Ever since I went to Martha's Vineyard this past summer, I have been obsessed with two things: Whales and Keep Calm and Carry On memorabilia. Since I recently added a Keep Calm and Carry On poster to my apartment, I thought it would be important to know and understand the significance of this piece. Since it would be a shame for me to keep that information just to myself, I have decided to share it with you all today.
The poster was initially produced by the Ministry of Information in 1939 during the beginning of World War II. It was intended to be distributed in order to strengthen morale in the event of a wartime disaster. Two-and-a-half million copies were printed, although the poster was distributed only in limited numbers.
The poster was third in a series of three. The previous two posters from the series, "Your Courage, Your Cheerfulness, Your Resolution Will Bring Us Victory" and "Freedom is in Peril" were issued and used across the country for motivational purposes, as the Ministry of Information assumed that the events of the first weeks of the war would demoralise the population. Planning for the posters started in April 1939; by June designs were prepared, and by August 1939, they were on their way to the printers, to be placed up within 24 hours of the outbreak of war. The posters were designed to have a uniform device, be a design associated with the Ministry of Information, and have a unique and recognisable lettering, with a message from the King to his people.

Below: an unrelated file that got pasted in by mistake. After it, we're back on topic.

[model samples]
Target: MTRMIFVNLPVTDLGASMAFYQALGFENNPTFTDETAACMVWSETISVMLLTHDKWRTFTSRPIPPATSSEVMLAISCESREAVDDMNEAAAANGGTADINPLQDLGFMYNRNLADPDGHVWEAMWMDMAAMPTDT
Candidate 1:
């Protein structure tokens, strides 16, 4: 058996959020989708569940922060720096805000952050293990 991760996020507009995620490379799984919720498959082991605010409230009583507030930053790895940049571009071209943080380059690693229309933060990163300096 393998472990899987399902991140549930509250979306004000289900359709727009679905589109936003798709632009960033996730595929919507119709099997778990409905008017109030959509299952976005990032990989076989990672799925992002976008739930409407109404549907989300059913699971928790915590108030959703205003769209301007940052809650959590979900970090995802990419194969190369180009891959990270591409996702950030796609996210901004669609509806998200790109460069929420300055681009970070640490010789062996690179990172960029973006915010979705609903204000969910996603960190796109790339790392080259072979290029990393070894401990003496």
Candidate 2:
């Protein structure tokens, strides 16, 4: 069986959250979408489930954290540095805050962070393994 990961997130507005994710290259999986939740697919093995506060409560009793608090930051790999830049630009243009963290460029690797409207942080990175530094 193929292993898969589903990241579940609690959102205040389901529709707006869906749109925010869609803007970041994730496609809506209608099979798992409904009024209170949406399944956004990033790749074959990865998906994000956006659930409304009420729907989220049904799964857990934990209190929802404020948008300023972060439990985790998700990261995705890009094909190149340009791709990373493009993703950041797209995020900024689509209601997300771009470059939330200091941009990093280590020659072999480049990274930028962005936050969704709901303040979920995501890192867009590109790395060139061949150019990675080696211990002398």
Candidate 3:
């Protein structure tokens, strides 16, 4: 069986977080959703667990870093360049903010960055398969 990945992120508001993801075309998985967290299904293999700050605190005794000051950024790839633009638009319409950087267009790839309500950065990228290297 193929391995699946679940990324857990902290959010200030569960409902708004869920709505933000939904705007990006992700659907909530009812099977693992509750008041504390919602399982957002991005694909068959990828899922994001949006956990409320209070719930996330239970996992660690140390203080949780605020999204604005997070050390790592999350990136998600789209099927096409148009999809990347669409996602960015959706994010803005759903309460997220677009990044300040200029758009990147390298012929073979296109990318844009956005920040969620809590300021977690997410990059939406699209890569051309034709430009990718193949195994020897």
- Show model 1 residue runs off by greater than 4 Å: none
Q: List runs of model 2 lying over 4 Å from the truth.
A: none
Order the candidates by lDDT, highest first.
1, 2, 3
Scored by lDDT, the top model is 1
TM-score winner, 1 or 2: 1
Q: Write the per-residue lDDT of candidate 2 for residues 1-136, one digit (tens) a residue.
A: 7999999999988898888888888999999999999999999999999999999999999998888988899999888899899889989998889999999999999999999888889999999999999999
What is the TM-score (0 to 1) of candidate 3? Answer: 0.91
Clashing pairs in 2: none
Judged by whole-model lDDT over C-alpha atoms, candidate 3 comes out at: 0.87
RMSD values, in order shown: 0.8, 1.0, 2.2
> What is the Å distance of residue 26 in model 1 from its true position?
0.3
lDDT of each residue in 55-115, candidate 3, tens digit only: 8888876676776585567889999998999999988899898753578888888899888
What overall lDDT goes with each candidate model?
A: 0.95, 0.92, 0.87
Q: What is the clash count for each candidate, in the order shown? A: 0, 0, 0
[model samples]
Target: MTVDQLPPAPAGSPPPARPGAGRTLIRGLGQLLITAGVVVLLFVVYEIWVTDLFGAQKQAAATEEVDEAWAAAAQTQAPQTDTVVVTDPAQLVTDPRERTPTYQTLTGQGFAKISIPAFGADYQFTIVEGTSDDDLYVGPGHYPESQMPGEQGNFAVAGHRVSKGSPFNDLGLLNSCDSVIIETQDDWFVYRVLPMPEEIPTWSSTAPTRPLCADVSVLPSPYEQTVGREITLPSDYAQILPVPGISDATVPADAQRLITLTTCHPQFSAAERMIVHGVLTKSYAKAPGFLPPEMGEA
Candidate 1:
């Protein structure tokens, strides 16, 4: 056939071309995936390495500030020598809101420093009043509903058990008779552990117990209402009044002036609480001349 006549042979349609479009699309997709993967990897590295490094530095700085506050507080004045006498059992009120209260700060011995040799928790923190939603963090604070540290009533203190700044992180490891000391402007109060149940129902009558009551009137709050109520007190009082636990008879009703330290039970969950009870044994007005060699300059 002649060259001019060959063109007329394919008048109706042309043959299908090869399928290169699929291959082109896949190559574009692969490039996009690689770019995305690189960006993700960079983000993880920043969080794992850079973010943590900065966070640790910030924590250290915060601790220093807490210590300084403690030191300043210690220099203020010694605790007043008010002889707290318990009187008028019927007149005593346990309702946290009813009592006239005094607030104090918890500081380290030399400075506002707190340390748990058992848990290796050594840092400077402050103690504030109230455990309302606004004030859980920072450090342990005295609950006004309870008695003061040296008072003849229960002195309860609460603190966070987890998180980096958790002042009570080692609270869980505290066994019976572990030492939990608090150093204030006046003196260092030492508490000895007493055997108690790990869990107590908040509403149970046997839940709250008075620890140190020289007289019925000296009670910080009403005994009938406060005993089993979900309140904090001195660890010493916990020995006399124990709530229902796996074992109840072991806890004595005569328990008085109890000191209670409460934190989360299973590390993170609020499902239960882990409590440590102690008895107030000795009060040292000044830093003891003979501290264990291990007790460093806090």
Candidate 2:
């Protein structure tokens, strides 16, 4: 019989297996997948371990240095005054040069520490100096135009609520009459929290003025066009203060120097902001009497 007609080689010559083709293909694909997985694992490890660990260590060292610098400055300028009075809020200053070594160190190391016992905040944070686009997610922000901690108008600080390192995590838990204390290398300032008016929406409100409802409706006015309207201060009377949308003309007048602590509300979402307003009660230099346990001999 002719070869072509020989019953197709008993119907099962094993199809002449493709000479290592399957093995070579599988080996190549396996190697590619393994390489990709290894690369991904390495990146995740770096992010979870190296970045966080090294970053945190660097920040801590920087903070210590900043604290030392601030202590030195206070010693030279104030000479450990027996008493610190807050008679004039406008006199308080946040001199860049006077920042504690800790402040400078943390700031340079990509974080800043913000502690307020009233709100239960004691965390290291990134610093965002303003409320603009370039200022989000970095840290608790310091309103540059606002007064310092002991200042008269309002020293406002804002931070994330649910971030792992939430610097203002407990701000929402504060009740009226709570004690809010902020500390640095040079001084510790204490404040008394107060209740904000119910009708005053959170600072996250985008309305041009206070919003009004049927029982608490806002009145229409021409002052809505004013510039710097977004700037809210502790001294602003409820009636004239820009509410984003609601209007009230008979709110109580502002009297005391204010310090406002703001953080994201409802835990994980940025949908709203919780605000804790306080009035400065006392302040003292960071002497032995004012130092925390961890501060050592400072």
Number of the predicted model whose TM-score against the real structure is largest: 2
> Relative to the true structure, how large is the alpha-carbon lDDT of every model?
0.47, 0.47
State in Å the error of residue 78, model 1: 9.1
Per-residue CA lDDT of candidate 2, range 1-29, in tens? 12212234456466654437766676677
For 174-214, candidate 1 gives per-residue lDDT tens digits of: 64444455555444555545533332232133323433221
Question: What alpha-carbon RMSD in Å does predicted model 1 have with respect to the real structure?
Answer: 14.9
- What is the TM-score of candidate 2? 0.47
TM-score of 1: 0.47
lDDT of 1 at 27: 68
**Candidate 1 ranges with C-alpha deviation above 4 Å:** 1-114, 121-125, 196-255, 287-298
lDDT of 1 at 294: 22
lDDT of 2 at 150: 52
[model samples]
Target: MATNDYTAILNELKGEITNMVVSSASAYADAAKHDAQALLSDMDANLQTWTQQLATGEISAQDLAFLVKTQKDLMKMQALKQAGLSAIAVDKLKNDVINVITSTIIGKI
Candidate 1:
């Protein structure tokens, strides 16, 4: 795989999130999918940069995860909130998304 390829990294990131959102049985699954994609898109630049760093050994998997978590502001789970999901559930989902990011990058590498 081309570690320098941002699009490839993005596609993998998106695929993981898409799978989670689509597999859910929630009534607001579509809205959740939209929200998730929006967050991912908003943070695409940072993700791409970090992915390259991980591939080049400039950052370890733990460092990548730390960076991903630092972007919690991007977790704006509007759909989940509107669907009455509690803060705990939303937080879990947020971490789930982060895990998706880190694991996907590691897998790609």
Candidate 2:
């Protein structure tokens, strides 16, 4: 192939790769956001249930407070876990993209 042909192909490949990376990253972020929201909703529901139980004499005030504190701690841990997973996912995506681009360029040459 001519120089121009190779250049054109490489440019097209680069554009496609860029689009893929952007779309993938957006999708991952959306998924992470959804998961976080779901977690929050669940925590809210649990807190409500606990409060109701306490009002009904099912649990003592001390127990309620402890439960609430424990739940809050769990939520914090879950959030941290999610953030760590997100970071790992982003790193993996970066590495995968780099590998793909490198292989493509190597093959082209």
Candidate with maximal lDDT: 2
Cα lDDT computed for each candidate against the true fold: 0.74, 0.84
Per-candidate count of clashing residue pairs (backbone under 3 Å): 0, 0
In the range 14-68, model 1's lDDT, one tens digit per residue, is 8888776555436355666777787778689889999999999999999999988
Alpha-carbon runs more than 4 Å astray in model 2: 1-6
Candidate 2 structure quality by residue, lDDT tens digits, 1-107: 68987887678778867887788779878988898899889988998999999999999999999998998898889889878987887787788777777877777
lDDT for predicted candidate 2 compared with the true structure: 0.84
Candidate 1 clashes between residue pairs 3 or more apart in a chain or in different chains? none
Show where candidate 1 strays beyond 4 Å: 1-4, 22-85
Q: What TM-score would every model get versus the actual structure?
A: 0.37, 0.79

The slogans were created by civil servants, with Waterfield coming up with "Your Courage" as "a rallying war-cry that will bring out the best in everyone of us and put us in an offensive mood at once". These particular posters were designed as "a statement of the duty of the individual citizen", un-pictorial, to be accompanied by more colloquial designs. The "Your Courage" poster was much more famous during the war, as it was the first to go up, very large, and was the first of the Ministry of Information's posters. The press, fearful of censorship, created a backlash, and thus a lot of material related to these posters has been kept by archives.